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Health Insurance Basics

5 Things You Need to Know About Long-Term Healthcare Services

March 05, 2018

It’s a fact of life that, as we age, the less able we are to do the things we could when we were younger. And the older we get, the more likely it is that we may need help doing even the simplest things, like getting dressed, feeding ourselves or getting around the house. About 70 percent of Americans 65 and older will need long-term health care assistance for an average of three years, according to The Kaiser Family Foundation.

This is where long-term health insurance can help. Here are five things you should know:

1. At Home or Away

If an illness or injury prevents you from doing things like bathing, walking or dressing yourself, long-term care coverage can pay for a skilled person to come into your home to help. It also can pay for an assisted living facility or nursing home, costs that Medicare typically do not pay.

2. When to Buy

The younger and healthier you are, the less expensive a long-term care insurance policy will be. Most people start shopping for a policy in their 50s. Couples can often get discounts for joint policies.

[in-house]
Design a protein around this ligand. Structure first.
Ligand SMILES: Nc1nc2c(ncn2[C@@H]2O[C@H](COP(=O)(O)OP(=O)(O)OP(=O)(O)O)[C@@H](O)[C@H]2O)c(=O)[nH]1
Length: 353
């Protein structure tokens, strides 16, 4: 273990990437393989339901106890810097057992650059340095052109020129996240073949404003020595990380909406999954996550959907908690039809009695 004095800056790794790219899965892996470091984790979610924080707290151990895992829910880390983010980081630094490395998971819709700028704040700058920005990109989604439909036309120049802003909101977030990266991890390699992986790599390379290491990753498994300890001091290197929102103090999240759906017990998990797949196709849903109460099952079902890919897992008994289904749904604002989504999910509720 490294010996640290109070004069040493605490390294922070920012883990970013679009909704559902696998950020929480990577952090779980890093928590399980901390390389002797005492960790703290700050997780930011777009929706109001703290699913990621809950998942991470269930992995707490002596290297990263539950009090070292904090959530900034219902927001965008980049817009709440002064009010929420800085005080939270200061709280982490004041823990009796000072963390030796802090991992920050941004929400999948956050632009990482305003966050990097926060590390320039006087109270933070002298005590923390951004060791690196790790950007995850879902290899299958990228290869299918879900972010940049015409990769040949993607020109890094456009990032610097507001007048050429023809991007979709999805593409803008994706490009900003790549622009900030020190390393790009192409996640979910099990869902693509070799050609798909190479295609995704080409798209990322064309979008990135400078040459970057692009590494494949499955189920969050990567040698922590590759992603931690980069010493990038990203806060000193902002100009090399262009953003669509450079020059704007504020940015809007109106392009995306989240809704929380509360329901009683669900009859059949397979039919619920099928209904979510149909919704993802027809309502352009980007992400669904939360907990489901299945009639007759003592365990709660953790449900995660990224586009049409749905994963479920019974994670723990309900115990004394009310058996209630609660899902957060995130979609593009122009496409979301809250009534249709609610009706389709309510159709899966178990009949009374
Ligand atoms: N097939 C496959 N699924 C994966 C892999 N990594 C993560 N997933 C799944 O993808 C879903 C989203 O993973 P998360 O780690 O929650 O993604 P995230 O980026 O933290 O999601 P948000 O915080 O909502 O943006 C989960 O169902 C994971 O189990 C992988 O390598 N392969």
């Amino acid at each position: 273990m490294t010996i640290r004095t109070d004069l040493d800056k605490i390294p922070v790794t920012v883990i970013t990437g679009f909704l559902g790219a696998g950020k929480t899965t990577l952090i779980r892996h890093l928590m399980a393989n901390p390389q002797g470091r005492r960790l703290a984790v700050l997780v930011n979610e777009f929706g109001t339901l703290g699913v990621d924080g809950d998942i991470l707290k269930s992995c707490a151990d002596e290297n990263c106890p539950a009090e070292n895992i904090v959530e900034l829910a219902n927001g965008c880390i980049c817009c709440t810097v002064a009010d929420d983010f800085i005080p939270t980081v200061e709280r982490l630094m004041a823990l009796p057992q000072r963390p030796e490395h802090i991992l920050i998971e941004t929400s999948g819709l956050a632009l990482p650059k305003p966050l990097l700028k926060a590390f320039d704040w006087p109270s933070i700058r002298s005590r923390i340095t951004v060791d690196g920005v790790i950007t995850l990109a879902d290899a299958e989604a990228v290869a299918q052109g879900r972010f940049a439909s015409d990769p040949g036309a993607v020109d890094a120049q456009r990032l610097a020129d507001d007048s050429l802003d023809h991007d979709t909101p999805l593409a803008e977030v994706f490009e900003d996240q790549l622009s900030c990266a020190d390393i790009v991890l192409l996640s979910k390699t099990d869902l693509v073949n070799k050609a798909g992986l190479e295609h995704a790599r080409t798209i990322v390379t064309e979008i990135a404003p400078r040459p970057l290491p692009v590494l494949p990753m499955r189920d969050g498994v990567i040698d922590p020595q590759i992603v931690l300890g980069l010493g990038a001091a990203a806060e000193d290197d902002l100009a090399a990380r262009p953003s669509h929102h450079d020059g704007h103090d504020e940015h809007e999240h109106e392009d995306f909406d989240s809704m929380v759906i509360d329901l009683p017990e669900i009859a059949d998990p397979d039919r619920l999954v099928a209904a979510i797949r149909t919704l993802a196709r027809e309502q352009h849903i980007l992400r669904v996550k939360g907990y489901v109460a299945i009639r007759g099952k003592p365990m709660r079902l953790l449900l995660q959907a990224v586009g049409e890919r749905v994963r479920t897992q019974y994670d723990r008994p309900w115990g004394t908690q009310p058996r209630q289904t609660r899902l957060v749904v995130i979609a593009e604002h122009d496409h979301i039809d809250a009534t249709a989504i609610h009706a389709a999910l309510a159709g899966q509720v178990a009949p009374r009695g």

3. How Much You Need

You can buy long-term care to cover you for a certain length of time. The longer you want coverage, the higher the premium. The average is three to 10 years, according to the American Association of Long-Term Care Insurance.

4. What Influences Long-term Care Cost

Buying long-term care is like buying a car. You choose the options you want, and each will influence the premium you pay. For example, how much you want spent daily for your care or how much time you want to cover your own expenses before your coverage kicks in makes a difference in the cost of long-term insurance.

5. How to Buy

Compare options and costs from different providers. Ask how long they have been in business, what discounts are available, and what rate increases they have put into effect. Costs can vary widely, but a policy can help preserve your family’s finances and your peace of mind.

Sources: American Association for Long-Term Care Insurance U.S. Dept. of Health and Human Services